My Wife and I have been living in our 5th wheel, and traveling back and forth between southern NV, and central Wa. State, for almost two years now. I recently caught the metal detecting bug. Maybe "caught my second case", would be a better description. I had a Tesoro detector, way back in 1993, that was stolen out of my truck, a couple months after I got it. I picked up a Garrett Ace250, last summer, and had fun playing with that for a couple months before ordering an Equinox 800. It's a bit of a learning curve, but I am really liking the machine. When I do my part, it does amazing things. So far, the "amazing things" have been the removal of most of the lead shot, bullet fragments, little pieces of rusted iron, and general trash from the desert of Southern Nevada. :) Big shout out to Bill Southern. Your video tutorials have been priceless to us. Just yesterday, my Wife found a tack, and a tiny staple in a wash. I never would have given a thought to what they might be, other than "what the .... are these doing out here?" . Thanks to your videos, I picked up a clue. Just one of many! We are joining a couple of local clubs, and plan to spend a lot more time getting out in the desert this winter. Forums like this are better for my learning style than any classroom ever was. Glad to be here, I hope I can contribute something back, as I learn more. Regards, Kyle
  38. 6 points
  39. 6 points
    It looks like everyone around here is either too shy...or they have warrants. It sounds like a fun project, but Momma used to say I had a face made for radio. You should talk Adam and Boulderdash into it. Of course... they would steal the show by finding the treasure within 5 minutes of arrival!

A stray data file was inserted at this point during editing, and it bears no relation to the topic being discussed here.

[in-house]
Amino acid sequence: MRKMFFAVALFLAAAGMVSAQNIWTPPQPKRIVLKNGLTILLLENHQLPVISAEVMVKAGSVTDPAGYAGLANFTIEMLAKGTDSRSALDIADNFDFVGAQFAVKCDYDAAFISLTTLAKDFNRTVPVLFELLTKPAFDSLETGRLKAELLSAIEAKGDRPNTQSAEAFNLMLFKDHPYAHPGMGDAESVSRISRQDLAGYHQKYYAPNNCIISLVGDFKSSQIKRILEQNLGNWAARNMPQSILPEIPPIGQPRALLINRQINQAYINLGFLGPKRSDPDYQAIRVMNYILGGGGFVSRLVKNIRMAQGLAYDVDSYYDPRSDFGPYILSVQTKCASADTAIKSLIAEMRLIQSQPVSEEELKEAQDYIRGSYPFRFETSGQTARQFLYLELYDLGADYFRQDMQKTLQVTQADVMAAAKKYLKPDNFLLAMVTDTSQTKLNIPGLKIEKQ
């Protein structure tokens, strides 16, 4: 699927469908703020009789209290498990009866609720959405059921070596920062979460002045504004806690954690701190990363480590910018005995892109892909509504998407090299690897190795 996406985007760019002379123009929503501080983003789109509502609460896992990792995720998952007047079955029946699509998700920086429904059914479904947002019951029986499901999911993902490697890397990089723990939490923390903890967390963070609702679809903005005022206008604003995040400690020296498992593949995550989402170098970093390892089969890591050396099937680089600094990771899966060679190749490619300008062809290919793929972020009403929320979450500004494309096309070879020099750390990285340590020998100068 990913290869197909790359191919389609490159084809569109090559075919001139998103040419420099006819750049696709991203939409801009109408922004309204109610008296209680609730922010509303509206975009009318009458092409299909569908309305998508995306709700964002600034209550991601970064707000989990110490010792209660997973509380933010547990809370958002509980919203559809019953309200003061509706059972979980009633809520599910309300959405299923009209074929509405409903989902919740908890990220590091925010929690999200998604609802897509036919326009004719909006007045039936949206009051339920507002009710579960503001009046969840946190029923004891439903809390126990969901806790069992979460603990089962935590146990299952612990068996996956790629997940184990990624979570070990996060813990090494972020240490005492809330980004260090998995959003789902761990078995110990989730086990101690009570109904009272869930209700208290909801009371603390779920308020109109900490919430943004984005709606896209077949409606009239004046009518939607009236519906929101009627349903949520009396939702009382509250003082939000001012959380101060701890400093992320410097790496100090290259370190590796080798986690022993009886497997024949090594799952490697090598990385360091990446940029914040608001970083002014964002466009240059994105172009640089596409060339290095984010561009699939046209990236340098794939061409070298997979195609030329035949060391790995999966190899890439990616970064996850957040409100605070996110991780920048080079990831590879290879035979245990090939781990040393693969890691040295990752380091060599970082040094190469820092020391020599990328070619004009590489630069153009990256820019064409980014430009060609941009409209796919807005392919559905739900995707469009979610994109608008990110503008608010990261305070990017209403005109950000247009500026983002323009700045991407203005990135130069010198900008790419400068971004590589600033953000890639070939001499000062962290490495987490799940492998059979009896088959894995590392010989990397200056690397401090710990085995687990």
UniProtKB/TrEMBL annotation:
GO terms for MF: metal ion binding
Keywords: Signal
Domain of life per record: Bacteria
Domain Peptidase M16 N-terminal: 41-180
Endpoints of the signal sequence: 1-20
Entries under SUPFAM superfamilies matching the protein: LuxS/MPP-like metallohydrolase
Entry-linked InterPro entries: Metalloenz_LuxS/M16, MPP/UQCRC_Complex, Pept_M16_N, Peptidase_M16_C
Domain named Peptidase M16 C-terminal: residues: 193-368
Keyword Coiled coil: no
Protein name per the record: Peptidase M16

40. 6 points
    The spider in the corner won't know what hit it
  41. 6 points
    Rick, Just saw this post, here is one, dont know if you have this pic... Dave
  42. 6 points
    I've tried coffee all kinds of ways. I enjoyed good ol percolator coffee for a long time. Then I got lazy and started using a mr coffee drip machine. It worked, but the coffee lacked soul. I can't handle the instant stuff at all. I switched to a french press recently. I will compare it to listening to recording through some chitty headphones and then hearing the entire orchestra in person. The difference really is astounding. If you ever get a french press(walmart $20) throw away the instructions and do it this way: I use about 4 tablespoons of good beans per large travel mug. Grind your beans coarsely. Dump them into your press. Pour enough boiling water in there to make your cup. Put the lid on and wait 4-5 minutes. The coffee grounds will be floating on top. Now give em a swirl to stir it up good. The grounds will sink. Now, leave the whole thing alone for another 8-10 minutes. Depress your plunger to push any unsunken grounds to bottom and pour the brown elixir into your cup...you will be rewarded with the most lush and flavorful cup of coffee you ever had. Repeat daily for best results, but be careful... you can quickly become a coffee snob.
  43. 6 points
    Well , it was under organic leaf litter, and on overburden, not bedrock. So it really is hard to say. What really matters I think, is that it was found, and not missed.
  44. 6 points